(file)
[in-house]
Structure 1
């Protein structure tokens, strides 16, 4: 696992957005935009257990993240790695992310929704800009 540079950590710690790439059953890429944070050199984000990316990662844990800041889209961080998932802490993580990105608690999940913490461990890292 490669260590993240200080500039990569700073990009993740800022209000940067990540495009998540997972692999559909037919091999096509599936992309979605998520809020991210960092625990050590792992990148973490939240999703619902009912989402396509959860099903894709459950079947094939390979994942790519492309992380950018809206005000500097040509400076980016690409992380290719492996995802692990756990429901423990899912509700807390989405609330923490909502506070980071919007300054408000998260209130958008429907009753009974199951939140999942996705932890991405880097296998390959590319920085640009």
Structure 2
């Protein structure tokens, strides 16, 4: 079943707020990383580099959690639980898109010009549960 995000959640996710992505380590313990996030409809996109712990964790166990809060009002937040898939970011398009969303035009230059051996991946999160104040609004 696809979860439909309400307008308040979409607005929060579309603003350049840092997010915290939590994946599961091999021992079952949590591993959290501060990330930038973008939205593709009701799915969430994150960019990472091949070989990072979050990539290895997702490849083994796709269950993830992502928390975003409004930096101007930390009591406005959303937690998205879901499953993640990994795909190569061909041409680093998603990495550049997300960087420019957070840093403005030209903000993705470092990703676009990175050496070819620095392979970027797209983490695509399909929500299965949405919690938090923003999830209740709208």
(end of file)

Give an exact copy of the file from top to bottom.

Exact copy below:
[in-house]
Structure 1
């Protein structure tokens, strides 16, 4: 696992957005935009257990993240790695992310929704800009 540079950590710690790439059953890429944070050199984000990316990662844990800041889209961080998932802490993580990105608690999940913490461990890292 490669260590993240200080500039990569700073990009993740800022209000940067990540495009998540997972692999559909037919091999096509599936992309979605998520809020991210960092625990050590792992990148973490939240999703619902009912989402396509959860099903894709459950079947094939390979994942790519492309992380950018809206005000500097040509400076980016690409992380290719492996995802692990756990429901423990899912509700807390989405609330923490909502506070980071919007300054408000998260209130958008429907009753009974199951939140999942996705932890991405880097296998390959590319920085640009």
Structure 2
């Protein structure tokens, strides 16, 4: 079943707020990383580099959690639980898109010009549960 995000959640996710992505380590313990996030409809996109712990964790166990809060009002937040898939970011398009969303035009230059051996991946999160104040609004 696809979860439909309400307008308040979409607005929060579309603003350049840092997010915290939590994946599961091999021992079952949590591993959290501060990330930038973008939205593709009701799915969430994150960019990472091949070989990072979050990539290895997702490849083994796709269950993830992502928390975003409004930096101007930390009591406005959303937690998205879901499953993640990994795909190569061909041409680093998603990495550049997300960087420019957070840093403005030209903000993705470092990703676009990175050496070819620095392979970027797209983490695509399909929500299965949405919690938090923003999830209740709208």